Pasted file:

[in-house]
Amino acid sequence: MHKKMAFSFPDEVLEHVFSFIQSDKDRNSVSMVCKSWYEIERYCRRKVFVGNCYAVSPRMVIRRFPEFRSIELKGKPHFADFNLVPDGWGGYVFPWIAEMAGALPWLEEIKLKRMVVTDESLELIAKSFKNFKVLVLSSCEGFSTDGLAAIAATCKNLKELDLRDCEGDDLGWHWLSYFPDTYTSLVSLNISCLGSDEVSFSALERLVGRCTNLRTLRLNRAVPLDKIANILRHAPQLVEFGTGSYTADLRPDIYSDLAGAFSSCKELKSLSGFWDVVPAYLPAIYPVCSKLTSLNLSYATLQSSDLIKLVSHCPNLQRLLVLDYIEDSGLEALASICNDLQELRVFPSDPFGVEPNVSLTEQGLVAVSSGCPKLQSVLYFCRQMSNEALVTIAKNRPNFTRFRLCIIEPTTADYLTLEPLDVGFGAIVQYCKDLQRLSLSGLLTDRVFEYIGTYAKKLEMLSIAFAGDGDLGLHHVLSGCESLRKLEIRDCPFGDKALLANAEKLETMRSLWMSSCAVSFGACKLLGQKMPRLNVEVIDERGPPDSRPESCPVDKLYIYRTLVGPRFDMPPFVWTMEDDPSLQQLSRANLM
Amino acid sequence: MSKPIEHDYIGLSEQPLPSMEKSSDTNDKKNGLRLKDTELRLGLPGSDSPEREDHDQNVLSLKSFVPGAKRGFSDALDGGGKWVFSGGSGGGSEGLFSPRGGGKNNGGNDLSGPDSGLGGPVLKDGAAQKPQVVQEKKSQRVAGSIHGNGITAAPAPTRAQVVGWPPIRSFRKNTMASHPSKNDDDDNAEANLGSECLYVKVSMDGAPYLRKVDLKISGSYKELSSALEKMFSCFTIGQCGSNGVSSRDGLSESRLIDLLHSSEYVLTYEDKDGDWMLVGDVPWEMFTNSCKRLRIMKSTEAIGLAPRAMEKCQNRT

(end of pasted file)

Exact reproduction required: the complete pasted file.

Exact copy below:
[in-house]
Amino acid sequence: MHKKMAFSFPDEVLEHVFSFIQSDKDRNSVSMVCKSWYEIERYCRRKVFVGNCYAVSPRMVIRRFPEFRSIELKGKPHFADFNLVPDGWGGYVFPWIAEMAGALPWLEEIKLKRMVVTDESLELIAKSFKNFKVLVLSSCEGFSTDGLAAIAATCKNLKELDLRDCEGDDLGWHWLSYFPDTYTSLVSLNISCLGSDEVSFSALERLVGRCTNLRTLRLNRAVPLDKIANILRHAPQLVEFGTGSYTADLRPDIYSDLAGAFSSCKELKSLSGFWDVVPAYLPAIYPVCSKLTSLNLSYATLQSSDLIKLVSHCPNLQRLLVLDYIEDSGLEALASICNDLQELRVFPSDPFGVEPNVSLTEQGLVAVSSGCPKLQSVLYFCRQMSNEALVTIAKNRPNFTRFRLCIIEPTTADYLTLEPLDVGFGAIVQYCKDLQRLSLSGLLTDRVFEYIGTYAKKLEMLSIAFAGDGDLGLHHVLSGCESLRKLEIRDCPFGDKALLANAEKLETMRSLWMSSCAVSFGACKLLGQKMPRLNVEVIDERGPPDSRPESCPVDKLYIYRTLVGPRFDMPPFVWTMEDDPSLQQLSRANLM
Amino acid sequence: MSKPIEHDYIGLSEQPLPSMEKSSDTNDKKNGLRLKDTELRLGLPGSDSPEREDHDQNVLSLKSFVPGAKRGFSDALDGGGKWVFSGGSGGGSEGLFSPRGGGKNNGGNDLSGPDSGLGGPVLKDGAAQKPQVVQEKKSQRVAGSIHGNGITAAPAPTRAQVVGWPPIRSFRKNTMASHPSKNDDDDNAEANLGSECLYVKVSMDGAPYLRKVDLKISGSYKELSSALEKMFSCFTIGQCGSNGVSSRDGLSESRLIDLLHSSEYVLTYEDKDGDWMLVGDVPWEMFTNSCKRLRIMKSTEAIGLAPRAMEKCQNRT